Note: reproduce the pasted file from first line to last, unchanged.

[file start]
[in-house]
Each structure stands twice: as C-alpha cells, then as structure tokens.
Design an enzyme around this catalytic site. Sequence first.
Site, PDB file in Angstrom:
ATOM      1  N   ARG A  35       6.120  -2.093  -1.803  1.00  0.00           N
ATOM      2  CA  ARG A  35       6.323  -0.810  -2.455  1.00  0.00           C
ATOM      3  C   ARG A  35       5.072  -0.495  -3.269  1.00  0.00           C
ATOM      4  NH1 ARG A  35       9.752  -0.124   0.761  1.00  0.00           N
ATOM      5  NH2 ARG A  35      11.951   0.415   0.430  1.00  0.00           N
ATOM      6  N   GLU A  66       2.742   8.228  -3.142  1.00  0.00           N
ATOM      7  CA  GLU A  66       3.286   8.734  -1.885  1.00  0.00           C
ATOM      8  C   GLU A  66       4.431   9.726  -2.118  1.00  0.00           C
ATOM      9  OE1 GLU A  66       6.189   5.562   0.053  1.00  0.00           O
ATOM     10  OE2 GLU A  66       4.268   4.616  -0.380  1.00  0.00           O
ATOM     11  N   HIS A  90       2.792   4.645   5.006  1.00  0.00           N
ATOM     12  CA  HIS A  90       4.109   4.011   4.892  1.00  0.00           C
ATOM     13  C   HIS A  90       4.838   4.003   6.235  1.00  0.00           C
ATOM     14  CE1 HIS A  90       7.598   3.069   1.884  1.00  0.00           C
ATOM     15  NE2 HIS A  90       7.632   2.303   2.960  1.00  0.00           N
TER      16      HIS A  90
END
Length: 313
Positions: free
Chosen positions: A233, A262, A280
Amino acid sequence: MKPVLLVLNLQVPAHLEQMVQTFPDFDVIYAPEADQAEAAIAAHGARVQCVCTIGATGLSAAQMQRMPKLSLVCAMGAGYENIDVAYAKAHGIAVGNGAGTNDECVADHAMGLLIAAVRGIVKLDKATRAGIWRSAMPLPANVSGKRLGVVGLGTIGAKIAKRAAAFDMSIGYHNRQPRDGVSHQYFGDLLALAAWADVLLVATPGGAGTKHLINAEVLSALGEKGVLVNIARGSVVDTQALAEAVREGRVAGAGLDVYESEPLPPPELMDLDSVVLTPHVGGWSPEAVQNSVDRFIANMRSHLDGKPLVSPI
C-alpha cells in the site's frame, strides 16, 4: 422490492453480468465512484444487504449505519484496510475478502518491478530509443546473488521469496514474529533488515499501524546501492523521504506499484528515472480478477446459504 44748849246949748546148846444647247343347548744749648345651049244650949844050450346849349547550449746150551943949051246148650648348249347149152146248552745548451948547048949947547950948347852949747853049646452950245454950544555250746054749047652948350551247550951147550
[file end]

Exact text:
[in-house]
Each structure stands twice: as C-alpha cells, then as structure tokens.
Design an enzyme around this catalytic site. Sequence first.
Site, PDB file in Angstrom:
ATOM      1  N   ARG A  35       6.120  -2.093  -1.803  1.00  0.00           N
ATOM      2  CA  ARG A  35       6.323  -0.810  -2.455  1.00  0.00           C
ATOM      3  C   ARG A  35       5.072  -0.495  -3.269  1.00  0.00           C
ATOM      4  NH1 ARG A  35       9.752  -0.124   0.761  1.00  0.00           N
ATOM      5  NH2 ARG A  35      11.951   0.415   0.430  1.00  0.00           N
ATOM      6  N   GLU A  66       2.742   8.228  -3.142  1.00  0.00           N
ATOM      7  CA  GLU A  66       3.286   8.734  -1.885  1.00  0.00           C
ATOM      8  C   GLU A  66       4.431   9.726  -2.118  1.00  0.00           C
ATOM      9  OE1 GLU A  66       6.189   5.562   0.053  1.00  0.00           O
ATOM     10  OE2 GLU A  66       4.268   4.616  -0.380  1.00  0.00           O
ATOM     11  N   HIS A  90       2.792   4.645   5.006  1.00  0.00           N
ATOM     12  CA  HIS A  90       4.109   4.011   4.892  1.00  0.00           C
ATOM     13  C   HIS A  90       4.838   4.003   6.235  1.00  0.00           C
ATOM     14  CE1 HIS A  90       7.598   3.069   1.884  1.00  0.00           C
ATOM     15  NE2 HIS A  90       7.632   2.303   2.960  1.00  0.00           N
TER      16      HIS A  90
END
Length: 313
Positions: free
Chosen positions: A233, A262, A280
Amino acid sequence: MKPVLLVLNLQVPAHLEQMVQTFPDFDVIYAPEADQAEAAIAAHGARVQCVCTIGATGLSAAQMQRMPKLSLVCAMGAGYENIDVAYAKAHGIAVGNGAGTNDECVADHAMGLLIAAVRGIVKLDKATRAGIWRSAMPLPANVSGKRLGVVGLGTIGAKIAKRAAAFDMSIGYHNRQPRDGVSHQYFGDLLALAAWADVLLVATPGGAGTKHLINAEVLSALGEKGVLVNIARGSVVDTQALAEAVREGRVAGAGLDVYESEPLPPPELMDLDSVVLTPHVGGWSPEAVQNSVDRFIANMRSHLDGKPLVSPI
C-alpha cells in the site's frame, strides 16, 4: 422490492453480468465512484444487504449505519484496510475478502518491478530509443546473488521469496514474529533488515499501524546501492523521504506499484528515472480478477446459504 44748849246949748546148846444647247343347548744749648345651049244650949844050450346849349547550449746150551943949051246148650648348249347149152146248552745548451948547048949947547950948347852949747853049646452950245454950544555250746054749047652948350551247550951147550